D.C. Council backs controversial tax breaks to lure 2 firms

By Lisa Rein
Washington Post Staff Writer
Wednesday, December 16, 2009

The D.C. Council voted Tuesday to give millions of dollars in property tax breaks to a financially strapped developer and a Bethesda high-tech company that the Fenty administration hopes to lure to the city.

Supporters hailed both tax abatements -- worth $7 million to CoStar Group over 10 years and $13 million over 20 years to Donatelli Development -- as economic tools to help revive the city's struggling office and residential markets.

Opponents called them giveaways to private companies that set bad precedents.

A second vote on both measures, scheduled for next month, is needed for them to become law.

CoStar, a growing leader in research and marketing of commercial real estate data, is seeking new corporate headquarters for about 350 employees when the company's lease in Bethesda runs out next year. Pushing the deal was Mayor Adrian M. Fenty (D), who pledged to CoStar chief executive Andrew C. Florance that he would support a tax break to overcome the relatively high taxes in the District, compared with Virginia and Maryland, Florance said.

He said the company, which employs 1,400 researchers, marketers and other real estate experts, hopes to hire 500 more workers in the next decade, drawing in part from the District.

Supporters said CoStar's move to the District would be a coup for a city that has attracted just a handful of publicly traded high-tech firms.

"If we're going to lure businesses into the city, we're going to have to pay for it," said council member Jack Evans (D-Ward 2), a key supporter of the bill.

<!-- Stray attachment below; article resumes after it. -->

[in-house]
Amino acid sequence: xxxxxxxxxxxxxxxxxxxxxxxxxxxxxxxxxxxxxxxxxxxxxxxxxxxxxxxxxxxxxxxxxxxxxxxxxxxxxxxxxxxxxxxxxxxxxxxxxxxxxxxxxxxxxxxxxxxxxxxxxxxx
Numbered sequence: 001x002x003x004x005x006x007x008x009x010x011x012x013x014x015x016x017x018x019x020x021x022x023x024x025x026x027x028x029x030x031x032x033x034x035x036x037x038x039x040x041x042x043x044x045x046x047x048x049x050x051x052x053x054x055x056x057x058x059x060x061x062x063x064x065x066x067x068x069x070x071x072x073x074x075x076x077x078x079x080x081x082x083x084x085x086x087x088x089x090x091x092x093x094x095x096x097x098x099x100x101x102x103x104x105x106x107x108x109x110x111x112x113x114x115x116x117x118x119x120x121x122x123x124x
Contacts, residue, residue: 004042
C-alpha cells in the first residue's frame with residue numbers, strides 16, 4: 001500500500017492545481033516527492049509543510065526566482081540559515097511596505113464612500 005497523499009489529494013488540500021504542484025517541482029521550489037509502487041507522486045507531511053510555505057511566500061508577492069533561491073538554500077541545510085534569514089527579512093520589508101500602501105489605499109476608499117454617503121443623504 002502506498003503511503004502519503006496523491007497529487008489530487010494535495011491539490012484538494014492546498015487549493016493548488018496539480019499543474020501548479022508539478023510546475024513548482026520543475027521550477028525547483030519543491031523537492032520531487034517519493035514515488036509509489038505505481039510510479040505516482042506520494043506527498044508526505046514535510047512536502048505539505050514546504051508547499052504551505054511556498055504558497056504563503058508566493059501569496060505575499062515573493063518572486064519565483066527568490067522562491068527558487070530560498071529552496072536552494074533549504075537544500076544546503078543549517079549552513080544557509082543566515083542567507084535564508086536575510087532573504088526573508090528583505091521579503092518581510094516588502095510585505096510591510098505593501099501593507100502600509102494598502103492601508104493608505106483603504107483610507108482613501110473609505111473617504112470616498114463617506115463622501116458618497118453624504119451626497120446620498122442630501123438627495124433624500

The $700,000 annual abatement would last 10 years, and the company would be eligible for $2.5 million more in annual corporate income tax breaks for five years under an existing law benefiting high-tech firms, according to city economic development officials.

"If you're headquartered in D.C., you're going to draw on the large, unemployed population in D.C.," Florance said, estimating CoStar's total corporate tax contribution at $30 million to $50 million over the next decade.

Florance said early Tuesday that CoStar is looking to lease office space in the downtown business district, where the bill would allow the company to qualify for the tax break. But to pass the bill, supporters amended it at the last minute to exclude the central business district. "They made it as challenging as you could make it," Florance said.

Opponents, including small businesses and the D.C. Fiscal Policy Institute, a think thank that researches budget and tax issues, questioned why a profitable company deserves a subsidy in a city with one of country's lowest office vacancy rates, even in the recession. They said moving a company does not guarantee new jobs or give hiring preference to District residents if new workers are hired.

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